JIS News

Plans are advanced for the implementation of the second phase of the Technical, Vocational, Educational and Training (TVET) Rationalization project in 10 secondary schools in the corporate area, come September.
The TVET Rationalization project is designed to equip secondary level students with the requisite industrial and business skills in order to facilitate their smooth transition into the world of work.
In an interview with JIS News, TVET Project Director, Carol Powell, said that preparations for the project were “going well” for its incorporation into the selected schools.
The first phase of the project was piloted in some 17 technical and high schools in the parishes of St. Elizabeth and Westmoreland.
The participating schools in St. Elizabeth comprised Munroe College, St. Elizabeth Technical, Magotty, Balaclava, Hampton, Lacovia, Black River, Lewisville, B. B. Coke and Newell High Schools. Schools in Westmoreland were Mannings, Little London, Godfrey Stewart, Maud McLeod, Grange Hill, Peters’ Field High Schools and Frome Technical.
The Director noted that while the original plan was to replicate the project in the corporate area, the second phase, would also be treated as a pilot, since it was the first time that the project was being undertaken in an urban setting. She said that the urban schools had features that are different from the rural area institutions.
Mrs. Powell told JIS News that while the Education Ministry had selected 15 schools from Kingston and St. Andrew to participate in the project, it would only be implemented in 10 schools come September. The remaining five, she said, would be incorporated later in the process, when they were better equipped with the requisite resources.
She informed that some $60 million has been spent on the second leg of the project to construct, refurbish and equip school laboratories; and procure buses to transport students and hire personnel for the various programmes. The project is funded by the Ministry of Education and Youth in collaboration with HEART Trust/NTA.
The TVET Rationalization Project was introduced in secondary schools in Jamaica in 2000, based on the results of a study done by the Education Ministry, which revealed that many graduates from the secondary school system were not prepared for the world of work.
In this regard, Mrs. Powell said that the project was conceptualized and implemented with the aim of bridging the gap between secondary school and the work environment. “The issue is to get the workforce prepared and the vision is to have the secondary system respond in such a way, in order to ensure that graduates are not only ready for tertiary level education but also for the world of work,” Mrs. Powell emphasized.
Recognizing that not many schools were equipped with the resources that would be required under the programme, Mrs. Powell informed that the Ministry, along with the HEART/Trust NTA, formulated the concept of the ‘Home-School-Lab-School Cluster Model’, in order to ensure that students were exposed to different areas of vocational and technical education in a cost effective way.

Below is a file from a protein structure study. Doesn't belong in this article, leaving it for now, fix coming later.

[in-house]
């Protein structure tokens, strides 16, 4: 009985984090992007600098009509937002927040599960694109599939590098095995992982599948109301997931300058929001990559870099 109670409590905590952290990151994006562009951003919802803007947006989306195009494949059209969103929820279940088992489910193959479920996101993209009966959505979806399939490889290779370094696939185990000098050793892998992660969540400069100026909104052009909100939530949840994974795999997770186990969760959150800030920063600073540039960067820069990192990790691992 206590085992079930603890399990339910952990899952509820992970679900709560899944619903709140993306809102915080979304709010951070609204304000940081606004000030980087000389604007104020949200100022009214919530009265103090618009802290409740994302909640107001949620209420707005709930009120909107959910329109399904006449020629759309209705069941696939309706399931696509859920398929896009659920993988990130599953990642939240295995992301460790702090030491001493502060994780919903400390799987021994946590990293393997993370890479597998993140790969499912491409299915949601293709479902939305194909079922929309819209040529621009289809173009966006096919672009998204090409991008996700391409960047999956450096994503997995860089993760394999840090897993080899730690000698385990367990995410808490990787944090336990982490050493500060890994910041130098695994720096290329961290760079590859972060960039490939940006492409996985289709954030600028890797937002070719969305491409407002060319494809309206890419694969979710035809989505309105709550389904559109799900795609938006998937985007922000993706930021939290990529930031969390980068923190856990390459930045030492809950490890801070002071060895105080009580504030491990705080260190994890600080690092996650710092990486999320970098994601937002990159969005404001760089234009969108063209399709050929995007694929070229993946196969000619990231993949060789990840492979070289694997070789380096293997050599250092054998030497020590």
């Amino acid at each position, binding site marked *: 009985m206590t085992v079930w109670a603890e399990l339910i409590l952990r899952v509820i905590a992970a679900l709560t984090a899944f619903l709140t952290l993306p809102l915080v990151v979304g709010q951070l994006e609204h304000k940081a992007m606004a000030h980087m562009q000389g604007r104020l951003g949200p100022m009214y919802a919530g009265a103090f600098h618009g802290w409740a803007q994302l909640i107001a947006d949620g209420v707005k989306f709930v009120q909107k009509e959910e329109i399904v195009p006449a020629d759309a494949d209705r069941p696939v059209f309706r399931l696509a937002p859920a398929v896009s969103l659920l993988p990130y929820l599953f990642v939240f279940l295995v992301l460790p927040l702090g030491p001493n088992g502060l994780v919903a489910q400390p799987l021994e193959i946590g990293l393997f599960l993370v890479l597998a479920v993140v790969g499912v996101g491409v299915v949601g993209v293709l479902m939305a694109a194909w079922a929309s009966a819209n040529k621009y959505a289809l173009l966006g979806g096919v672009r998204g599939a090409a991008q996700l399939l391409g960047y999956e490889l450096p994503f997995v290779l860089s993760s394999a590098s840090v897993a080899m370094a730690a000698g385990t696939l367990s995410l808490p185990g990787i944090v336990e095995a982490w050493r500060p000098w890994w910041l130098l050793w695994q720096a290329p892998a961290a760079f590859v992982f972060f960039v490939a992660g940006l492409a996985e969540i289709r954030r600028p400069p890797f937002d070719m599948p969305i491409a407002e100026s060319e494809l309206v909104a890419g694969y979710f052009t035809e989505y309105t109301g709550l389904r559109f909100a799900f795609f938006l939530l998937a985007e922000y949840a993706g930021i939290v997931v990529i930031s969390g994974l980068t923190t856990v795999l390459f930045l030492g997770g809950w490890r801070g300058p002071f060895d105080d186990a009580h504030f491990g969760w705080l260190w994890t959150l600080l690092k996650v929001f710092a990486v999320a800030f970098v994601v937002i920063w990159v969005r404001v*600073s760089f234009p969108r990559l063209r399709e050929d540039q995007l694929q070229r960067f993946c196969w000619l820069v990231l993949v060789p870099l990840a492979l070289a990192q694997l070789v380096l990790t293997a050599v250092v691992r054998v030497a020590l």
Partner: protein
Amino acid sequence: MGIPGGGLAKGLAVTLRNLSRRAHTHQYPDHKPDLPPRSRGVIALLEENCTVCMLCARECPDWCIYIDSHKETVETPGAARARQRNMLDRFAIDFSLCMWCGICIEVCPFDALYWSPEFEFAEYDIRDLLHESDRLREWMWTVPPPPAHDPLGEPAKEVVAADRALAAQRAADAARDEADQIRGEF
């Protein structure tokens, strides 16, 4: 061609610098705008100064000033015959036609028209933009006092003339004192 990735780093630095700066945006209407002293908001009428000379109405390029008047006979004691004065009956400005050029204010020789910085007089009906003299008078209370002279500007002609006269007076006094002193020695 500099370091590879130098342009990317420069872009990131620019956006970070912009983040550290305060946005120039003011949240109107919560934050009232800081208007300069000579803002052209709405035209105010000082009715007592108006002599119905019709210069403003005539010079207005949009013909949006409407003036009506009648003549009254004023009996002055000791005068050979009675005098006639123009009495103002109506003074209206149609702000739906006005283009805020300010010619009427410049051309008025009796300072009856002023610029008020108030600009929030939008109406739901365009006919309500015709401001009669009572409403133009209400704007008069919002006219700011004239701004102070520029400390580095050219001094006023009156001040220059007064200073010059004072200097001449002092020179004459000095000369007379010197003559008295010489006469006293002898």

The ‘Home-School-Lab-School Cluster Model’, Mrs. Powell explained, was the first of its kind in the world and involved the sharing of resources such as laboratories/work areas and instructors among participating schools, thus underpinning the major aim of the project, which is to allow students to access quality vocational education efficiently.
Mrs. Powell explained that schools were placed in three clusters based on their geographical location and each cluster provided a total of 10 courses to comprise agriculture, auto mechanics, cosmetology, visual arts, business administration, garment construction, carpentry and joinery, wood and building technology, electrical installation and plant machinery.
All schools are equipped with a food and nutrition/home management and information technology laboratories. “Labs or workshops are developed in each of the schools and each school within a cluster might host say four programmes, so one school would not host all the programmes,” she pointed out.
“So students from within a cluster will travel from their own (home) school to another (lab) school if the programme they select is only offered at another school within the cluster,” she further explained. Each course is taught five days per week, but a student is required to attend classes twice per week, with each class comprising four hours of practical work and two hours of theory. The programme, which is only offered to students who are in grades 10 and 11, lasts for two years.
On successfully completing the programme, a student will receive the National Vocational Qualification of Jamaica Certificate (NVQ-J), which is awarded by the National Council for Technical, Vocational, Educational and Training (NCTVET). On receiving this certificate, students can move on to accomplish level two training at the institute or gain further work experience.

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